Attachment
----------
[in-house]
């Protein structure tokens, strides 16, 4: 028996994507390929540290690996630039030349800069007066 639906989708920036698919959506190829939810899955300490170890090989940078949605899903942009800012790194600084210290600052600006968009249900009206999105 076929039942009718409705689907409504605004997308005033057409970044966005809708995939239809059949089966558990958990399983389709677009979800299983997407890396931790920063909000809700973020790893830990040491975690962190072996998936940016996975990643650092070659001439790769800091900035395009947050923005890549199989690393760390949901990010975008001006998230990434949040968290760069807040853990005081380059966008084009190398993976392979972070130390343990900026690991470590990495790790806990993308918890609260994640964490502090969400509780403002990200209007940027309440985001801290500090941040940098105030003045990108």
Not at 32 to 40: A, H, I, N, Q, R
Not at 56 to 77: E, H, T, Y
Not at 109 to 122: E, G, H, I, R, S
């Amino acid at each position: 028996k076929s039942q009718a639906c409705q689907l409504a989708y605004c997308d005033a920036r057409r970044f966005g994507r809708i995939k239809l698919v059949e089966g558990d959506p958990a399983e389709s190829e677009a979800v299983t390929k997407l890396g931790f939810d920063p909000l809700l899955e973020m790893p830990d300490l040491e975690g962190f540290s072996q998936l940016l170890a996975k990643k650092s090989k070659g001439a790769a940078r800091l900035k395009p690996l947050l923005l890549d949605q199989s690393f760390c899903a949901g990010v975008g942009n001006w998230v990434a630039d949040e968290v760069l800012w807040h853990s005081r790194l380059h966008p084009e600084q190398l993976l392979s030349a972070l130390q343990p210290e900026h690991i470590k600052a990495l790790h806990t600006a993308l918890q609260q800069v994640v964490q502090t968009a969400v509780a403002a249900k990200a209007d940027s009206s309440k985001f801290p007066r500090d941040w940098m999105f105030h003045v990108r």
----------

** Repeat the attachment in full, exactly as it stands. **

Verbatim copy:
[in-house]
């Protein structure tokens, strides 16, 4: 028996994507390929540290690996630039030349800069007066 639906989708920036698919959506190829939810899955300490170890090989940078949605899903942009800012790194600084210290600052600006968009249900009206999105 076929039942009718409705689907409504605004997308005033057409970044966005809708995939239809059949089966558990958990399983389709677009979800299983997407890396931790920063909000809700973020790893830990040491975690962190072996998936940016996975990643650092070659001439790769800091900035395009947050923005890549199989690393760390949901990010975008001006998230990434949040968290760069807040853990005081380059966008084009190398993976392979972070130390343990900026690991470590990495790790806990993308918890609260994640964490502090969400509780403002990200209007940027309440985001801290500090941040940098105030003045990108």
Not at 32 to 40: A, H, I, N, Q, R
Not at 56 to 77: E, H, T, Y
Not at 109 to 122: E, G, H, I, R, S
């Amino acid at each position: 028996k076929s039942q009718a639906c409705q689907l409504a989708y605004c997308d005033a920036r057409r970044f966005g994507r809708i995939k239809l698919v059949e089966g558990d959506p958990a399983e389709s190829e677009a979800v299983t390929k997407l890396g931790f939810d920063p909000l809700l899955e973020m790893p830990d300490l040491e975690g962190f540290s072996q998936l940016l170890a996975k990643k650092s090989k070659g001439a790769a940078r800091l900035k395009p690996l947050l923005l890549d949605q199989s690393f760390c899903a949901g990010v975008g942009n001006w998230v990434a630039d949040e968290v760069l800012w807040h853990s005081r790194l380059h966008p084009e600084q190398l993976l392979s030349a972070l130390q343990p210290e900026h690991i470590k600052a990495l790790h806990t600006a993308l918890q609260q800069v994640v964490q502090t968009a969400v509780a403002a249900k990200a209007d940027s009206s309440k985001f801290p007066r500090d941040w940098m999105f105030h003045v990108r």